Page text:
According to the report, the graphene was grown by CVD on copper foil, and transferred on to polypropylene fiber.
Team leader Dr. Helena Alves, from the University of Aveiro, told Engineering & Technology Magazine, “The concept of wearable technology is emerging, but having fully textile-embedded transparent and flexible technology is currently non-existent. Therefore, the development of processes and engineering for the integration of graphene in textiles would give rise to a new universe of commercial applications.”
Other uses in textiles
But there are other applications for graphene in the textile industry beyond smart textiles. Believing that “the use of graphene in the textile sector has so far been somewhat overlooked,” the Hohenstein Institut für Textilinnovation is currently leading a project in Bönnigheim, Germany, which is exploring how the surface of textiles can be altered though graphene modifications for personal protective equipment (PPE).
The Hohenstein research consortium is working to develop stable techniques for applying aqueous graphene dispersions as a permanent coating on different textile surfaces. Graphene oxide (oxidized graphite exfoliated in water) is hydrophilic and easily dispersed in water or other organic solvents.
According to project manager Dr. Roshan Paul, graphene modification of a textile surface could not only improve its flame-resistant qualities, but prevent the penetration of heat and gases, and the decomposition (burning) of the fabric. Graphene’s resistance to abrasion and rupture means that all of these qualities could be added to PPE textiles in one lightweight application.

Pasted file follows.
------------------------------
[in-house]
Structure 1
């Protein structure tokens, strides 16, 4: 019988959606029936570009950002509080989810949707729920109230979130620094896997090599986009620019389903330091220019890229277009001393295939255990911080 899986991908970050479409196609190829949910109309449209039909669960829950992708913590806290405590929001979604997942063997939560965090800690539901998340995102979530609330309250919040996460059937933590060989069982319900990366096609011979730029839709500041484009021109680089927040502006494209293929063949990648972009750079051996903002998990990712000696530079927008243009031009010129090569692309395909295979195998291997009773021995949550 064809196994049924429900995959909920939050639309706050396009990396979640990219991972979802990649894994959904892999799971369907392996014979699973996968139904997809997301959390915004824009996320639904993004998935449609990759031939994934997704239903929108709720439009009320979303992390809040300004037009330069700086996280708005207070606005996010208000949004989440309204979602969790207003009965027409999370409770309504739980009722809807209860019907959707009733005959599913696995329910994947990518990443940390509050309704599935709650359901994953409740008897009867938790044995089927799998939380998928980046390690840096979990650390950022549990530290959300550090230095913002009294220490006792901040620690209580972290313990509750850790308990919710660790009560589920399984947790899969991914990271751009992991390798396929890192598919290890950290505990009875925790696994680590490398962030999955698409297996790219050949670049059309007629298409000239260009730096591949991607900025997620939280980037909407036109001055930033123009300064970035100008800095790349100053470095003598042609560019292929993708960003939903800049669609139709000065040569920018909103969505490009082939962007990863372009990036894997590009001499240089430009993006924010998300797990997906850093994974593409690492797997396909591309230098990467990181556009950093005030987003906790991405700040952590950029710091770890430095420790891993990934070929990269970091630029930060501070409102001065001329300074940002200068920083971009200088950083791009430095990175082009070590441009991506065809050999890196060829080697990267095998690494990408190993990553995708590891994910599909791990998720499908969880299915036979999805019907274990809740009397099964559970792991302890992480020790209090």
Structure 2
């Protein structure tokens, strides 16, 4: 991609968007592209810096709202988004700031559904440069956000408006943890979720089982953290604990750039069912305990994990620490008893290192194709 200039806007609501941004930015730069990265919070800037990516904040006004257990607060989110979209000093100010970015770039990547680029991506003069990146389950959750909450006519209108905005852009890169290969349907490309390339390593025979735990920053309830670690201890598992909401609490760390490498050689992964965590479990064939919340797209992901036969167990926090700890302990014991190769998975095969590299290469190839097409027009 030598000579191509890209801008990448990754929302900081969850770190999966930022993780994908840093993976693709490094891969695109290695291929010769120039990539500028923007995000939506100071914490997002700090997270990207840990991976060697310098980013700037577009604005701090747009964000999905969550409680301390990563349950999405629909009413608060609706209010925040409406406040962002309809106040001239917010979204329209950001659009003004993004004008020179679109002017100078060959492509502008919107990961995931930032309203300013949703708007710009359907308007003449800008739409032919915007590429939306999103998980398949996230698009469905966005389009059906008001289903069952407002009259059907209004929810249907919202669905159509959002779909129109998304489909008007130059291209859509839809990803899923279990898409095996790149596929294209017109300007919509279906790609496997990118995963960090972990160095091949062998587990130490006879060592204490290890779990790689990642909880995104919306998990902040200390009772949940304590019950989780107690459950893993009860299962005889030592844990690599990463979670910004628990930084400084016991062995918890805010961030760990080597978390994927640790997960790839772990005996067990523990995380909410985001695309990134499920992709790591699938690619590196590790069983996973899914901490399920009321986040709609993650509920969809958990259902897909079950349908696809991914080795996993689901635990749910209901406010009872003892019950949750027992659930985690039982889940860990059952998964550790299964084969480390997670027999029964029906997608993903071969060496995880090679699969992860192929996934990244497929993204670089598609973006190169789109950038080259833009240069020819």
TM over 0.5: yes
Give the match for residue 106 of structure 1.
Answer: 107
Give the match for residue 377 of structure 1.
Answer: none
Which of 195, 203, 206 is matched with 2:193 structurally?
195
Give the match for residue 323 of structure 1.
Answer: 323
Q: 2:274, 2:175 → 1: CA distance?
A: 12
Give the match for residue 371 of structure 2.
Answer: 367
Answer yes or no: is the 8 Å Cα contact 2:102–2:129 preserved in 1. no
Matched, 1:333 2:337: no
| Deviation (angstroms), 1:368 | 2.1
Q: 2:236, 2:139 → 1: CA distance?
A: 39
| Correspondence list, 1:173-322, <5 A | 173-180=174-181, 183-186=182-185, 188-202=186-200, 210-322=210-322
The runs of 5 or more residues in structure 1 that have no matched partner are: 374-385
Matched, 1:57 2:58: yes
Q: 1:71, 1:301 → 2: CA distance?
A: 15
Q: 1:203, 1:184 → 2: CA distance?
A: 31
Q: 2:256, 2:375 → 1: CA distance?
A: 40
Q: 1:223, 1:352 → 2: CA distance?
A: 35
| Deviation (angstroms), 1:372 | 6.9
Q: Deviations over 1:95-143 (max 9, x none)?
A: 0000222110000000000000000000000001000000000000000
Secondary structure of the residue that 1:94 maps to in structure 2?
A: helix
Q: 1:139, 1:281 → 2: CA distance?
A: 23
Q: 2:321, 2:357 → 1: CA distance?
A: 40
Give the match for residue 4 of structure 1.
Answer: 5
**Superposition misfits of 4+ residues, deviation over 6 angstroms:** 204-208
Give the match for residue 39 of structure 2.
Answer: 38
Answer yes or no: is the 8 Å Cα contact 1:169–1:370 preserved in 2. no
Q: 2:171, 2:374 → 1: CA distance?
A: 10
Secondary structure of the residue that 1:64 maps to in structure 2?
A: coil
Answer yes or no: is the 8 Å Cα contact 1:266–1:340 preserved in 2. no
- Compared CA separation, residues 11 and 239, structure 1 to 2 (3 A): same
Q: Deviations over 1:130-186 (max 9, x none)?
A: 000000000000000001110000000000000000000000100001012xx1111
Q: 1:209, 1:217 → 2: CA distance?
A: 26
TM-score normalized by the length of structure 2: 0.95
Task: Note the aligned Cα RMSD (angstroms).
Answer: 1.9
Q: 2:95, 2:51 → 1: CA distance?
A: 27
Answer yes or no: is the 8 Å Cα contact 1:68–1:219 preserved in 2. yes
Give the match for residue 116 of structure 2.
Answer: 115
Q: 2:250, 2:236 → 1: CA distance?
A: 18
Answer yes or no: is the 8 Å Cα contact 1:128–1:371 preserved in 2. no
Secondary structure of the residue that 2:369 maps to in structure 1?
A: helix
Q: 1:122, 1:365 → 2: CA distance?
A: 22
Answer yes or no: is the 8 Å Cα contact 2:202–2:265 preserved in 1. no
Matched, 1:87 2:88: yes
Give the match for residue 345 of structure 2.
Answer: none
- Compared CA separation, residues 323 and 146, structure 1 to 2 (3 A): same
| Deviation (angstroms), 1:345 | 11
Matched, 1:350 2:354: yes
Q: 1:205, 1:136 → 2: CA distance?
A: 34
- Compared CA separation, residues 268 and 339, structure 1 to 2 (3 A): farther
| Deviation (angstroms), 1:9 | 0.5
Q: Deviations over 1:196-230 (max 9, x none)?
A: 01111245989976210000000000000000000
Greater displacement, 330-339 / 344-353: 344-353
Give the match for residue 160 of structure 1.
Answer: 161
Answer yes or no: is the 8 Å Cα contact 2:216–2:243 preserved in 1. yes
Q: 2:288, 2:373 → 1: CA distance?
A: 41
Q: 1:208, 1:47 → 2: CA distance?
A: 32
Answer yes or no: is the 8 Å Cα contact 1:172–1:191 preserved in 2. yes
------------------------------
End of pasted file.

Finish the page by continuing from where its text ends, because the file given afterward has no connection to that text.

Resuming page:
Another team member, the company Fuchshuber Techno Tex, will attempt to convert the application to industrial scale, and ensure that the treated textiles can be cleaned and processed.
“If their functionality can be successfully proven, textiles with graphene-modified surfaces could find many uses in the PPE sector, especially in heat-protective clothing,” said Dr. Paul.
Short or long-term?
While work in academia and laboratories is promising, there would still appear to be a long road ahead to the use of graphene in commercial textiles. However, successful commercialization will depend not only on a killer app, but also on a low-cost, scalable supply of the appropriate type of graphene. Directa Plus hopes that GNPs are the answer.
According to Popescu, Directa Plus G+ nano-platelets are applicable to textile surfaces by means of a binder, mostly urethane; the ratio of GNP to binder would be somewhere between 4 and 10 percent.
Directa Plus has already produced polypropylene, polyamide, and polyester master batches with different GNP loadings. Popescu believes the yarns are capable of providing super conductive properties, both electrical and thermal; as well as IR shielding, bacteriostatic properties, and self-extinguishing barriers.
“We are now producing the first industrial batches of PP containing GNPs at different loadings. The end-uses are different, from antistatic to thermally conductive yarns to other applications covered by NDA,” he revealed.
Directa Plus is also working on graphene solutions that can be printed on textiles to provide conductivity, thermal dissipation, or antistatic properties.
“We have several ongoing projects with different major international brands and I do expect, in 6-12 months from now to see the first prototypes available at the major shows,” promised Popescu.
Debra Cobb is a freelance writer based in North Carolina with a broad background in the textile industry.